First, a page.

Friday, May 6, 2011

Now thou art come unto a feast of death--Shakespeare

What does Temudjin have to do with Obama? Nothing.

Temudjin was a warrior; Obama is a hitman.

Temudjin, who was compelled to battle his blood brother, Jamukha, upon capturing him, set him free. Gave him a horse--and a horse, to a 12th c Mongolian male, was more important than a woman.

Obama, on the other hand, feeling compelled to follow in George Bush's warsteps, upon capturing their arch enemy, Osama (who they created), shot him in the head. Bin Laden was unarmed. His body was dumped in the sea.

Last night I watched Mongol (2008). It's not the type of movie I usually watch, and if someone would have told me it has these gory battle scenes, with heads getting chopped off, men and horses being impaled, men against men in violent confrontations, abductions, and war as a fact of life/survival, I would not have watched it.

But my husband started watching it on Netflix, and when I looked up from my book, the cinematography grabbed me. Where is this beautiful place? I wondered (the steppes of Mongolia and Kazakhstan, I read on the film credits). Then, the story line riveted me. The acting was exceptional, too.

The music was riveting, too. Strange, so strange to me. Strange because I thought it sounded somewhat like old Finnish men chanting! When Temudjin and Jemukha chanted together in the yurt, I thought, their breathing and sounds were oddly familiar to me.

OK I wasn't imagining that; the film credits list Tuomas Kantelinen as composing the film score. I laughed. "Yeah," my husband said, starting to hum and chant, "it sounds like some of that weird stuff you play."

Sergei Bodrov, the director, did an exceptional job re-imagining the 12th c tale of Mongolian nomads on the steppes, of Temudjin, the man who became Genghis Khan. What is amazing to me is that this film is successful in humanizing male warriors.

I made my husband skip through the worse parts of the battle scenes, though.

I couldn't help but think when watching Temudjin set out to do battle, how war has become something else today. So much of it is divorced from individual courage or bravery. War is politics. War is played out in rooms. The recent assassination of Bin Laden, so glorified in the US, among its youth, in its media, and among some Canadians, too, is disturbing. Has assassination become hip? Canadians don't even have the death penalty and yet folks think killing Bin Laden in this covert "operation" is ok?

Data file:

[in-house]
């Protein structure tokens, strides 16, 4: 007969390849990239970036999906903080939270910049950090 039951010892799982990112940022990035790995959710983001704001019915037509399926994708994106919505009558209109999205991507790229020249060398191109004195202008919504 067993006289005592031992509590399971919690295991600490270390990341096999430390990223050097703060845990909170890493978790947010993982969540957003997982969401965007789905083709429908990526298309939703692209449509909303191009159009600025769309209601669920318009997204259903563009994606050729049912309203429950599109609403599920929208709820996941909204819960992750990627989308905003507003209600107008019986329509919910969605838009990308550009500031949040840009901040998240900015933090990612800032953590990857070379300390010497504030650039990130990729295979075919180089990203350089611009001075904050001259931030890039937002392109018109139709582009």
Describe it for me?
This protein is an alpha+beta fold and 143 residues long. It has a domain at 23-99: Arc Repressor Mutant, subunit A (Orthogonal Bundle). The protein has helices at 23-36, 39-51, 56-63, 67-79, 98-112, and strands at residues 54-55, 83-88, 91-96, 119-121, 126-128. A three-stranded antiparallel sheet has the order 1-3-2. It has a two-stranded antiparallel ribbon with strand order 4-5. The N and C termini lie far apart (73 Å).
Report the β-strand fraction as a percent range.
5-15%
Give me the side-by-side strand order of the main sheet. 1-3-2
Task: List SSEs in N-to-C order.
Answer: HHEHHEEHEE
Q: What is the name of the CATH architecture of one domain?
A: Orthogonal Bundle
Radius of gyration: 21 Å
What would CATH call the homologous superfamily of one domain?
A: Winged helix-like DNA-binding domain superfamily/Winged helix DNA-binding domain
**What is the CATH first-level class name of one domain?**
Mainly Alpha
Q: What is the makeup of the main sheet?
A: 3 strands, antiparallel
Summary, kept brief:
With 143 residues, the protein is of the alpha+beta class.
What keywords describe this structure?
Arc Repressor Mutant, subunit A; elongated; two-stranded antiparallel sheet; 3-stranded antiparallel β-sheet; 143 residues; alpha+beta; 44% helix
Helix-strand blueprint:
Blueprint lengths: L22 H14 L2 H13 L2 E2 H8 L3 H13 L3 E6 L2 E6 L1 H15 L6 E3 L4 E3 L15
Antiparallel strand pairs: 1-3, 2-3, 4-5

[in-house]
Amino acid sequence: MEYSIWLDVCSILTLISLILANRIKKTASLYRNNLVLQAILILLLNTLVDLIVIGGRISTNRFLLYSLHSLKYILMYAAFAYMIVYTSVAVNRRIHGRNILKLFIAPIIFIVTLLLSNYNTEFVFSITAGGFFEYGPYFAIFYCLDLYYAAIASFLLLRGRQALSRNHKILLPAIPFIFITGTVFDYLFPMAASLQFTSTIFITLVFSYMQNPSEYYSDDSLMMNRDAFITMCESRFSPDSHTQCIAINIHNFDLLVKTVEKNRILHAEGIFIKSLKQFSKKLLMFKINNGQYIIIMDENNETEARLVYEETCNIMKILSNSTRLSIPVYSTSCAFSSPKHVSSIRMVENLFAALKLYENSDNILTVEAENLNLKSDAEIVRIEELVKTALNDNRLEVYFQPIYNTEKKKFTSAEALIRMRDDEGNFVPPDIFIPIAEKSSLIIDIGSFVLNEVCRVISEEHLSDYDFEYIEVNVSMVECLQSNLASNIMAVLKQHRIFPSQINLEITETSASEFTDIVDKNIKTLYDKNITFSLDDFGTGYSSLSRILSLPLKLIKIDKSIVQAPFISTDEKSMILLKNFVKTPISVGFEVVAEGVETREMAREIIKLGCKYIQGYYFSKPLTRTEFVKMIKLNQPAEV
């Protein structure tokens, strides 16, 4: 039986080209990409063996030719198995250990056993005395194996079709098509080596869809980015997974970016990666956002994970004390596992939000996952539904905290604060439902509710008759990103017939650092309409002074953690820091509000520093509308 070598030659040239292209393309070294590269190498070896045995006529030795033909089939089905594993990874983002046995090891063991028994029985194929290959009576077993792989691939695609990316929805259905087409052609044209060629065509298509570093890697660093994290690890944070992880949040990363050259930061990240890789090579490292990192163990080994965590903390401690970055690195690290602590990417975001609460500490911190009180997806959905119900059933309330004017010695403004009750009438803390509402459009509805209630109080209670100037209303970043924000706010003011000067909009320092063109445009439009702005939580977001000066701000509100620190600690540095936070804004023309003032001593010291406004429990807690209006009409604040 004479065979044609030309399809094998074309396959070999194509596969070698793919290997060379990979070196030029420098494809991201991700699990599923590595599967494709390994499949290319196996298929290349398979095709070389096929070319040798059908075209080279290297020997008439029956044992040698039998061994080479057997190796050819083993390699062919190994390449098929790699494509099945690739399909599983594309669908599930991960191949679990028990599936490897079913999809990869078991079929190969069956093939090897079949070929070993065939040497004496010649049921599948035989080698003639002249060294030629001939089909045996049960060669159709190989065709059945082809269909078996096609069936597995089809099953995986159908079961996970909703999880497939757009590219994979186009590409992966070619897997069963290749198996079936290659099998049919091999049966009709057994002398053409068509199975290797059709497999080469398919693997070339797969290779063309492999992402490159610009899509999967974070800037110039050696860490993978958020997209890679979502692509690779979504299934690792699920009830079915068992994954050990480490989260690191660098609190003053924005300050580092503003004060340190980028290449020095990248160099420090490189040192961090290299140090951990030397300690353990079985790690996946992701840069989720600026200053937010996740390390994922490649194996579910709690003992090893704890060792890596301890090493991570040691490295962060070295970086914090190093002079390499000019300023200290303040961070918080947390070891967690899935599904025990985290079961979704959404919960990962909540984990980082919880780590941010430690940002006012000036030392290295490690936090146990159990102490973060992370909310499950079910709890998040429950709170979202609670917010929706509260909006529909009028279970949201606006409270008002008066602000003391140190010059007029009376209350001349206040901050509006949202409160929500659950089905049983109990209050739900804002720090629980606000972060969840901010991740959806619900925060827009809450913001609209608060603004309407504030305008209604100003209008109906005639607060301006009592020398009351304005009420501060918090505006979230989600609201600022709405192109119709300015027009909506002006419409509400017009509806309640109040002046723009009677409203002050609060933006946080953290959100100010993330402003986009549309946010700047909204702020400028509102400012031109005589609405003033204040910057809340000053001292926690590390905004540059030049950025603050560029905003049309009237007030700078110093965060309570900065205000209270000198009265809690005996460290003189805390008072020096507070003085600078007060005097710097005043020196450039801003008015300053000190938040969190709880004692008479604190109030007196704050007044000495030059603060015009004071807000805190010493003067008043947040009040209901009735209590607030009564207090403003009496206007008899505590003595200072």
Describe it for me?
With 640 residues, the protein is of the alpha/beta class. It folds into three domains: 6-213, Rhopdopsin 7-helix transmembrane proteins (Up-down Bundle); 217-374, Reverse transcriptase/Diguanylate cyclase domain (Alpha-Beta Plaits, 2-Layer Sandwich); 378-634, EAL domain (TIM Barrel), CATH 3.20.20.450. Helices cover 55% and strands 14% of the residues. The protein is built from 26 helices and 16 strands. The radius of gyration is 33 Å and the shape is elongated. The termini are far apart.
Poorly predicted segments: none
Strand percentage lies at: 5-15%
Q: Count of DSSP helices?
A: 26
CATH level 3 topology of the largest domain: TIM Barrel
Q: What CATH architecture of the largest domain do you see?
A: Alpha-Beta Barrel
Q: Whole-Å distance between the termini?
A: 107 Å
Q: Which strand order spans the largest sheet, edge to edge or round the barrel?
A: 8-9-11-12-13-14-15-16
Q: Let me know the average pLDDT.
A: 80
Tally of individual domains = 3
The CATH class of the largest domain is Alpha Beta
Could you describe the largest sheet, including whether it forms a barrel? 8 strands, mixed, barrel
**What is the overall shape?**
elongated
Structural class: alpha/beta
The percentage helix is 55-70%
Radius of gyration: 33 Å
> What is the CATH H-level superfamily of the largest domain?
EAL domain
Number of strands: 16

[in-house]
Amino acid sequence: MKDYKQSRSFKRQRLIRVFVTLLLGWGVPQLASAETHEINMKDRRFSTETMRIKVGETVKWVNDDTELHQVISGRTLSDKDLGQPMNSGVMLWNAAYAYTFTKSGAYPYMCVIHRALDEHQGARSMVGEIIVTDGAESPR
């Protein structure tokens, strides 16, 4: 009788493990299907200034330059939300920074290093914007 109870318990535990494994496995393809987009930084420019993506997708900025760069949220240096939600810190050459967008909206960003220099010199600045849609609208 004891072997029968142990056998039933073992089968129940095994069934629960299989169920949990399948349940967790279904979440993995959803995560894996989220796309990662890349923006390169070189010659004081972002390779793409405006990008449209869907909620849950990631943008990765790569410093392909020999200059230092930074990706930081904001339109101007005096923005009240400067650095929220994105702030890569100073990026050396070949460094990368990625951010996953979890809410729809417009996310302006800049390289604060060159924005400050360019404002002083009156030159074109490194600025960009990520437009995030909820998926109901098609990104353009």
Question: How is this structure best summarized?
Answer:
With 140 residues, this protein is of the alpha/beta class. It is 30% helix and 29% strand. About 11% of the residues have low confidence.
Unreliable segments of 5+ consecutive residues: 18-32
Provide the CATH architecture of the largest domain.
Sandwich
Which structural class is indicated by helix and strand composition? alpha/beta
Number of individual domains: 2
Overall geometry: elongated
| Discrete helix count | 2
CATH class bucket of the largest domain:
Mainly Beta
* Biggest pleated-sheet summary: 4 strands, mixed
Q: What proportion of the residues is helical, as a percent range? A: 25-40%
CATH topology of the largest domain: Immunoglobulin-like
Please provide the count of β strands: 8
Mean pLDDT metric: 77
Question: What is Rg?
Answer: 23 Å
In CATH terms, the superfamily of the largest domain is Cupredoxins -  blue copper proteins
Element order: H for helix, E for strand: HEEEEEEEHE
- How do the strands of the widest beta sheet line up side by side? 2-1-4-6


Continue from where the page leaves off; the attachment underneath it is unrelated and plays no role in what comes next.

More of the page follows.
Why is it an 'operation' when the West does it, but terrorism when someone from the Middle East does it?

American constitutional lawyer John Whitehead writes in Bin Laden, Gaddafi, and Modern Warfare: On the Highway of Death:

Modern technology totally dehumanizes warfare and, in the process, totally dehumanizes us as human beings. While it allows us to wage battles from afar, modern technological warfare also reduces the act of killing human beings to nothing more than targeting blips on a screen--a macabre video game with faceless victims and no danger of someone shooting back. And when an American drone annihilates innocent civilians in some far-away land, this is simply written off as yet another technological blip. [....]

The fact that modern technological warfare is turning human beings into non-feeling killing machines should cause us to tremble. It should give us reason to pause and question how we could let ourselves travel so far down the road to perdition. We have placed others on the highway of death. In the end, however, it is we who are traveling the highway of death. May God help us all.


Ari said...

Obama had to prove that he has been the best possible "winner" of the Nobel Peace Prize.

Merche Pallarés said...

It's tragic seeing where the world is going... As you say, may God help us all, especially Canadians with Harper "de nouveau" as P.M.! Hugs, M.

northshorewoman said...

Does the Nobel Peace Prize have any credibility anymore?

Unfortunately, Harper and the neo-Conservatives are back full vengeance. We have a lot of work to do to counter their policies.

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